Drowning in Data, but Starving for Knowledge?




Thomas R. Ortiz, MD, FAAFP, is the Chief Medical Officer at Reliance Medical Group, LLC, operating the Primary Care Medical Practices in five counties in New Jersey; he is responsible for clinical oversight, integration and health information technology. In this interview, Tom says his business could do with better, organized data streams that would improve outcomes and costs.

Big Data IQ: There is a common perception that the healthcare industry is "drowning in data, but starving for knowledge." Part of the reason is that much of the aggregated data is never analyzed, or hidden information in the data is passed on as inconsequential. Has your organization been able to remedy this situation? If so, how?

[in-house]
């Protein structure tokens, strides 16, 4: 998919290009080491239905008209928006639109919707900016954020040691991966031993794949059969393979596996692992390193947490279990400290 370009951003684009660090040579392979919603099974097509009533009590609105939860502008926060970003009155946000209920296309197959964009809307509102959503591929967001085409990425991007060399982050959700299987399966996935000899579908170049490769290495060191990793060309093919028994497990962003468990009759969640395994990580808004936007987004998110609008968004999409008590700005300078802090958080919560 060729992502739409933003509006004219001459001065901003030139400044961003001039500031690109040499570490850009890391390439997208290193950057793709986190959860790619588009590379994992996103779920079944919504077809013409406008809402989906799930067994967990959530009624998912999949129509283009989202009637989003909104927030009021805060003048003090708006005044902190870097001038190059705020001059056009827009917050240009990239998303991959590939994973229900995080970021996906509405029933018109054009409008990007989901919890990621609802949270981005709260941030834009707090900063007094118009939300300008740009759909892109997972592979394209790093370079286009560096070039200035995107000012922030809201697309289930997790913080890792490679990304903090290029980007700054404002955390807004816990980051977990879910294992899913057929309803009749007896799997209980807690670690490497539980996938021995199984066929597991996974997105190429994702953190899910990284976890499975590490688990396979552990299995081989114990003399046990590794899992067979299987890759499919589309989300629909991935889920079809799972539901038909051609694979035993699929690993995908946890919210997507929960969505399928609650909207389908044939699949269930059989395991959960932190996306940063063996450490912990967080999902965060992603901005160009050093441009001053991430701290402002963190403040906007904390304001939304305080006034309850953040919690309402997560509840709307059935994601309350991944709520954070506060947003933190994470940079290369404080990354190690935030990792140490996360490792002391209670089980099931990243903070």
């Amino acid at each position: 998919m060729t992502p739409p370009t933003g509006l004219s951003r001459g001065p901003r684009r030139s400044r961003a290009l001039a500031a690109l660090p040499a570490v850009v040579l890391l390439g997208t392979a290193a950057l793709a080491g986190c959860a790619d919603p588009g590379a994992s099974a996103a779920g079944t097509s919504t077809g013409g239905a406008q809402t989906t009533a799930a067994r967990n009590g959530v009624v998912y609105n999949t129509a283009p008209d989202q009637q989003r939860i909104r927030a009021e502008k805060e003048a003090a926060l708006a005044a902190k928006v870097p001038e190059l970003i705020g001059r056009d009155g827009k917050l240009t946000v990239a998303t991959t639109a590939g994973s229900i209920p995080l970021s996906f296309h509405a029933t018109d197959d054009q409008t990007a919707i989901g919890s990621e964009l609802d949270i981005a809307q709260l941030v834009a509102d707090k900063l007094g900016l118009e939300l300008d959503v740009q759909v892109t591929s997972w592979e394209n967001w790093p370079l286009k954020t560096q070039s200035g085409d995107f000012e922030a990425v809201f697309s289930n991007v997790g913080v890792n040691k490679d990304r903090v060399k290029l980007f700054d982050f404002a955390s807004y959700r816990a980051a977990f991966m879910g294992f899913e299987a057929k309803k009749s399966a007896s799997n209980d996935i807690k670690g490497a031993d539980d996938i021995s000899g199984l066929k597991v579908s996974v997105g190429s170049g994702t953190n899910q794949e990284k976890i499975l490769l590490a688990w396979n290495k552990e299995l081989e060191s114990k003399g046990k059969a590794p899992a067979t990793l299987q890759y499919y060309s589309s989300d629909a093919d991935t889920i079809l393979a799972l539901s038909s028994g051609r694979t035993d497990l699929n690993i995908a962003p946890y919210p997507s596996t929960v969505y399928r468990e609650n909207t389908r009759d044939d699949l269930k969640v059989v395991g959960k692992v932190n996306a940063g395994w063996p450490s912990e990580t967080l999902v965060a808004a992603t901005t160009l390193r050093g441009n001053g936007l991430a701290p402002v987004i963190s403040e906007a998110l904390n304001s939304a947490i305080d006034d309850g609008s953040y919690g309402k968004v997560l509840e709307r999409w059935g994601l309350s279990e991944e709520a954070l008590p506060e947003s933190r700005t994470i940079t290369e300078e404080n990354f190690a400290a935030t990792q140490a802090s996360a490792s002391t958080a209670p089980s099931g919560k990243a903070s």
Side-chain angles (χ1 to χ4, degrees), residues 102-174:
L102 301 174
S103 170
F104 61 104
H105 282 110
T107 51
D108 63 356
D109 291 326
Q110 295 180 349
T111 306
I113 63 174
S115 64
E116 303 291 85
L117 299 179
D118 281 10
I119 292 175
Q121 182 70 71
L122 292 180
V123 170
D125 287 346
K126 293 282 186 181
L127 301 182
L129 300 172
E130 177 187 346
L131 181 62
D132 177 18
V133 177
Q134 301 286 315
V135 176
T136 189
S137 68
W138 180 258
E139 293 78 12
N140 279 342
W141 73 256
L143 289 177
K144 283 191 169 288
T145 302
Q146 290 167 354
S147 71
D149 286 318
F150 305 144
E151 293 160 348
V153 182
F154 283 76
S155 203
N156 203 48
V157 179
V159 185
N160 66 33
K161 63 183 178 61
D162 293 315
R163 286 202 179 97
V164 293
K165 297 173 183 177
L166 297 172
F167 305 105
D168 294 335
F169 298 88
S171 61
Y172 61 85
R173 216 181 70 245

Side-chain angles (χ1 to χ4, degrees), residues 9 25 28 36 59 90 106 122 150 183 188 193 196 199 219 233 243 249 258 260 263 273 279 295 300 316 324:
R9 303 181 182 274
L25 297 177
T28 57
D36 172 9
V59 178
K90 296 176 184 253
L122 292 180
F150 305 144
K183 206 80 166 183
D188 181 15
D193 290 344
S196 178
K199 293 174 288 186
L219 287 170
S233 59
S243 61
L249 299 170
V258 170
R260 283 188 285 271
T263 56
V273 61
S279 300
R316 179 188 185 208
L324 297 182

No, not completely. Only about 20% of the big data that I need as a family physician is available to me, at the point of service, to make important decisions about someone’s health and wellness. We do a great job with the data we do have access to but with better, organized data streams outcomes and cost would improve. For years we have had to come up with a variety of manual solutions using our limited EMR for both clinical and practice management purposes.

It is as you state, we are drowning in data elements that are not yet interoperable onto one platform that is collecting all the data from all of its sources within the medical system, available on a real